As someone who has worked in financial services for 20 years, I know the history of markets. I have seen many changes during my years in the industry. This week, Chuck Schwab completed a final step since the inception of Charles Schwab in 1971 to democratize investing: we are now at $0 trading commissions.
For those of us in the industry, we knew this day has been on the horizon for years. Now that it is finally here, what does this mean for investors?
First, I applaud Chuck Schwab and his drive over the past 50 years to build a tremendous company that has achieved his goal of building a platform for the trading needs of consumers. This is a legacy accomplishment.
For individual investors: the reduction of trading costs can be positive however, follows the law of diminishing returns. There is a substantial difference between paying $250 and $4.95 to trade a stock, but is there really a “freeing” feeling by lowering that cost from $4.95 down to $0?
For us advisors: the reduction of trading costs should mostly impact us in two areas:
- Trading becomes operationally easier: we no longer need to worry about fractional costs. For example, if our model rebalancer dictates that we purchase 3 shares of an ETF for your portfolio totaling a $100 transaction, in the past we would have to go in and remove that trade because the economics do not make sense. Now, we will be able to be much truer to our models.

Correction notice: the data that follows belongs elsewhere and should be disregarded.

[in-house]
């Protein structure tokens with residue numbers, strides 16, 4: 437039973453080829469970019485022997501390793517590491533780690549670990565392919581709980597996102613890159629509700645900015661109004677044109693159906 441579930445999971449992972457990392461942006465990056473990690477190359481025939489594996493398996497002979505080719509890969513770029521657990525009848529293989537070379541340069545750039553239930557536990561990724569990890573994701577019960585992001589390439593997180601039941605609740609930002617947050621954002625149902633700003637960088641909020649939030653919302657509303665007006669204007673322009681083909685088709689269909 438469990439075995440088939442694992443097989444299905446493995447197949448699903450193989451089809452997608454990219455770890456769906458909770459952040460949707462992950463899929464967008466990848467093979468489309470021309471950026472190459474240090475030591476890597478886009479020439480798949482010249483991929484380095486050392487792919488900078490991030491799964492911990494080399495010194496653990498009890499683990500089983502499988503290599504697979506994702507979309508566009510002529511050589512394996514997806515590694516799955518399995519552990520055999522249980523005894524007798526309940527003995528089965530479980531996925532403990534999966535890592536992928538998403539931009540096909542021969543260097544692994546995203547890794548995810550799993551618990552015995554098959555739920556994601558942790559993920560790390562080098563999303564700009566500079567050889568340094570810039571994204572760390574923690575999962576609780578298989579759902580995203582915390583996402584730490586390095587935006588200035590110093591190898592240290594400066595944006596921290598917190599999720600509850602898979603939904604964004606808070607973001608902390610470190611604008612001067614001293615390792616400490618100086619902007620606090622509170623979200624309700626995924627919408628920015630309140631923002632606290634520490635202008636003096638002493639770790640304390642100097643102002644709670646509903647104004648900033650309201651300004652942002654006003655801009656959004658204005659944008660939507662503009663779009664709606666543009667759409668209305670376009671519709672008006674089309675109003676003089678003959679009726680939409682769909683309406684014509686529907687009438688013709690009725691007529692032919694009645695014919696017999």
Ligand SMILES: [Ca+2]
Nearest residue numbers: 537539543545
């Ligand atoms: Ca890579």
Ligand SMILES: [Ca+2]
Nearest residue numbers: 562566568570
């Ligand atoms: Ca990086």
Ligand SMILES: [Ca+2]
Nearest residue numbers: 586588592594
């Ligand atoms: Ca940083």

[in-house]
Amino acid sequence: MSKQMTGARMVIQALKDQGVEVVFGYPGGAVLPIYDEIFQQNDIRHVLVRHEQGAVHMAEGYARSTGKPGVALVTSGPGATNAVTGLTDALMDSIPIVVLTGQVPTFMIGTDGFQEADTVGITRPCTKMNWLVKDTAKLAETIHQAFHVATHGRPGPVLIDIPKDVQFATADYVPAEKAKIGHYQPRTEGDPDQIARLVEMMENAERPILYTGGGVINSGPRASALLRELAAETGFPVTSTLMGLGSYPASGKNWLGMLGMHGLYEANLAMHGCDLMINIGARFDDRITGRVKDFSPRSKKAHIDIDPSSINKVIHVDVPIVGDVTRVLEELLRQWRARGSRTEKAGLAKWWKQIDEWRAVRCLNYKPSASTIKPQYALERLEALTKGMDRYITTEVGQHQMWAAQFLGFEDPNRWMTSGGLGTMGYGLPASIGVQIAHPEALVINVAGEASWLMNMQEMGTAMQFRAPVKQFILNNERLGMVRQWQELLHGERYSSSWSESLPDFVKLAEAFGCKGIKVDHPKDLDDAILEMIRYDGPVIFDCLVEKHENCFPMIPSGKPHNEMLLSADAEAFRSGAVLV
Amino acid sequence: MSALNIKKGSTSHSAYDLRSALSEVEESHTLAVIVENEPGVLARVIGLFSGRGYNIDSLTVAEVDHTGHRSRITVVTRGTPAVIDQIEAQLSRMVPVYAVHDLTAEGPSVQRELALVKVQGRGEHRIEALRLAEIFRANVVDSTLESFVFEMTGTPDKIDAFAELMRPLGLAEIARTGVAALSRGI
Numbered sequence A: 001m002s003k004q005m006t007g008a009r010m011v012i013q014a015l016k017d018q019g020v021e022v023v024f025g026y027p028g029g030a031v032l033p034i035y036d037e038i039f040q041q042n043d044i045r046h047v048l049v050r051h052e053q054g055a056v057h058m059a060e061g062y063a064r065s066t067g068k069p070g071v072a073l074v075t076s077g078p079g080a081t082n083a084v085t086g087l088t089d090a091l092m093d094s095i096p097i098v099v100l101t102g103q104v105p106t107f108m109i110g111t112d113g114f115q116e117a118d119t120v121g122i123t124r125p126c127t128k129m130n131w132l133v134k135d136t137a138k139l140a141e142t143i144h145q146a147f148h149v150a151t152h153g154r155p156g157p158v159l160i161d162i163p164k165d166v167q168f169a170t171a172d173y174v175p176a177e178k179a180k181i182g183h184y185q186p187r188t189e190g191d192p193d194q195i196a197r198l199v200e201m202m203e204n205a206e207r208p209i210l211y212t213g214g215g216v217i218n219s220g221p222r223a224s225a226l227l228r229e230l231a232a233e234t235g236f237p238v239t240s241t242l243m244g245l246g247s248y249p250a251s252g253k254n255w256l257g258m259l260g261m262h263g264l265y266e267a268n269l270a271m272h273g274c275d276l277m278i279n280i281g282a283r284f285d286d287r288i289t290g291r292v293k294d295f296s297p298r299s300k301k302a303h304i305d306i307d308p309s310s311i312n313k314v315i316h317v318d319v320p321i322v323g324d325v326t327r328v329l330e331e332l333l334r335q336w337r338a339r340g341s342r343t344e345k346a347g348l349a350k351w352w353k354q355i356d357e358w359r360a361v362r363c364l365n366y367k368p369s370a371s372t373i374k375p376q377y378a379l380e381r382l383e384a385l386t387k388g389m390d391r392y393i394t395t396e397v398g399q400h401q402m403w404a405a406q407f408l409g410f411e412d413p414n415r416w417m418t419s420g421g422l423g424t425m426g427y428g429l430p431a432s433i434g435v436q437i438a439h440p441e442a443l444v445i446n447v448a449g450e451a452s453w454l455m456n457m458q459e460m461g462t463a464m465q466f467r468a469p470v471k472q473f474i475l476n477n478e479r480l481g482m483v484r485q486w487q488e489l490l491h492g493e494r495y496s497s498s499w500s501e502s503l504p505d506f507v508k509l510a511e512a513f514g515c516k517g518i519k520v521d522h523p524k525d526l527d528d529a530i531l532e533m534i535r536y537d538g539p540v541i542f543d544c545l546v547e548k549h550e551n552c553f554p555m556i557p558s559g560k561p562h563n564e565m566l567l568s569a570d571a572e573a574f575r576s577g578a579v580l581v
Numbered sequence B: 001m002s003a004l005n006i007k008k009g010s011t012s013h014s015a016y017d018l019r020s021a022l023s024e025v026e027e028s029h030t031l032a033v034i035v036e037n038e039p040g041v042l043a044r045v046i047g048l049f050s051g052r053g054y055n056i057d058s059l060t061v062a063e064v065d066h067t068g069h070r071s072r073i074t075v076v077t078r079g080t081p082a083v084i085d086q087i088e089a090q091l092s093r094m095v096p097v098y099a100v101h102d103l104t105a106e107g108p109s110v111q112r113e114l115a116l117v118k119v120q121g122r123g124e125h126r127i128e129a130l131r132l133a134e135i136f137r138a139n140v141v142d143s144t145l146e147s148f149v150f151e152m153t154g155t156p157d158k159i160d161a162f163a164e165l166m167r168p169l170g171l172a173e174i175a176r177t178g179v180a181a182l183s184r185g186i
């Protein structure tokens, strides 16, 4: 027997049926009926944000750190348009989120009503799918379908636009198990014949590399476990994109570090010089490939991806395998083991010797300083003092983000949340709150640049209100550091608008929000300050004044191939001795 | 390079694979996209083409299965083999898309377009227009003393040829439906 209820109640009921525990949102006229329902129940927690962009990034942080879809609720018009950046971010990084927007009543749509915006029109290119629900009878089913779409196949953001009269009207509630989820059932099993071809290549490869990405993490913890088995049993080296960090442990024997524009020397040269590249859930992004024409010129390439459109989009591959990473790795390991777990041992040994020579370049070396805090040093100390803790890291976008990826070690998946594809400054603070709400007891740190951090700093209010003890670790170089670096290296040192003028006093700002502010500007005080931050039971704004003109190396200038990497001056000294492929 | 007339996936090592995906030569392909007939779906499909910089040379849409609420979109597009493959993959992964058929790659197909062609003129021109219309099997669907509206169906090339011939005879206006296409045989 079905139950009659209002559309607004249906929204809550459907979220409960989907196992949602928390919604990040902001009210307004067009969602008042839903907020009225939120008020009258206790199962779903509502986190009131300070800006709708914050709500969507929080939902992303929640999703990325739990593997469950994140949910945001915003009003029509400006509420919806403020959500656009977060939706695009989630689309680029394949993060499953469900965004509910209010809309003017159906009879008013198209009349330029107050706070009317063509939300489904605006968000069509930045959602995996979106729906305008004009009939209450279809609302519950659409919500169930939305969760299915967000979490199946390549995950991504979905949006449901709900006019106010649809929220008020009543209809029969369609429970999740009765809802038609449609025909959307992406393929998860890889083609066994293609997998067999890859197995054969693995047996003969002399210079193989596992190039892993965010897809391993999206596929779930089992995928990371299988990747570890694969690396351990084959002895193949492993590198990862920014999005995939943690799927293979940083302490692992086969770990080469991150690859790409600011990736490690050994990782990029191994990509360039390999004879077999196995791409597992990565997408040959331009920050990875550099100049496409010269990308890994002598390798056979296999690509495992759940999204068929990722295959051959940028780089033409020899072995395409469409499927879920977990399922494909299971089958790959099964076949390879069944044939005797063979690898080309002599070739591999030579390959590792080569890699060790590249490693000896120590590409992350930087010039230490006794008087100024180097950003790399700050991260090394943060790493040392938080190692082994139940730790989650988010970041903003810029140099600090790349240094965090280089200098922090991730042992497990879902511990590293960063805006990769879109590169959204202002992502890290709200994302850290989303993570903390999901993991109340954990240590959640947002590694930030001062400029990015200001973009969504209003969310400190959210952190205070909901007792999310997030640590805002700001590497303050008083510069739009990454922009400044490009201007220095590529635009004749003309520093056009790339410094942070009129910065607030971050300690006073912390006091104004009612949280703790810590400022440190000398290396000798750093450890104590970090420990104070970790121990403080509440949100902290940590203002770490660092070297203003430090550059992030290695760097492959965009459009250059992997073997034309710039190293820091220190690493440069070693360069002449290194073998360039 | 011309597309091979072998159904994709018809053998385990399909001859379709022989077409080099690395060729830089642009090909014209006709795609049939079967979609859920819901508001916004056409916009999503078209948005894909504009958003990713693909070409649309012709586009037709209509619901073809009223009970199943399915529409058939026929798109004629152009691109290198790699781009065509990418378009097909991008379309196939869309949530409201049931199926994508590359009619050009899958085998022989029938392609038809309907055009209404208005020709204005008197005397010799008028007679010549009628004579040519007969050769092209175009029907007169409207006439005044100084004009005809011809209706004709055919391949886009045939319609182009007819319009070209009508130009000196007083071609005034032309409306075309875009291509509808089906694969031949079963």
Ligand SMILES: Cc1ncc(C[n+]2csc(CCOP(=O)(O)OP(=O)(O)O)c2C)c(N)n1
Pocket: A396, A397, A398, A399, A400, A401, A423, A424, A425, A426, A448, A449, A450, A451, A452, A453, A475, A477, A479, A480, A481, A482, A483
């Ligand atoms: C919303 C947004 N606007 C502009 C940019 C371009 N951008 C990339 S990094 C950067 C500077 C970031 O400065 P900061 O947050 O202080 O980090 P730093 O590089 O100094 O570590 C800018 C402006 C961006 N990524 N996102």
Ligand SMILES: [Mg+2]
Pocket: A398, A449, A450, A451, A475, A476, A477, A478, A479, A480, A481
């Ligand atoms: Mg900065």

- Expenses: And of course, to keep overarching costs lower for our clients.
The cautionary note: for either side (individual investor or advisor) of the equation, it is important to remember that Charles Schwab and its competitors that all followed suit with a move to $0 are all still for-profit companies. At a high level, by removing trading costs it drives us away from transparent pricing (the cost of doing a trade), to trying to figure out where these companies will be making their profits. Now, instead of knowing that your 100 trades cost $495 to the revenue stream of Charles Schwab, accounts will be making profit by activities such as:
- Payment for order flow: Conducting trading market operations that can create revenue just for trading activity
- Cash sweep bank accounts: This is the holding point for all cash in your account and leads to a steady income stream for custodians.
- Managed product: Obviously, we believe in this model but we run the risk of investors being pushed into managed product not on a holistic basis, but just to generate fee revenue.
There are pros & cons to everything especially as more and more things change within the financial services industry. Overall, Chuck Schwab has toiled a lifetime to democratize investing. Congratulations to him and his company for achieving that massive goal!
If you have any additional questions in regards to how AOG Wealth Management is navigating these changes, please feel free to contact your advisor.
Securities offered through TD Ameritrade Institutional Services located at 7801 Mesquite Bend Drive, Suite 112 Irving, TX 75063-6043. Investment advisory services offered through AOG Wealth Management, Inc. AOG Wealth Management, Inc. is neither an affiliate nor subsidiary of TD Ameritrade Institutional Services.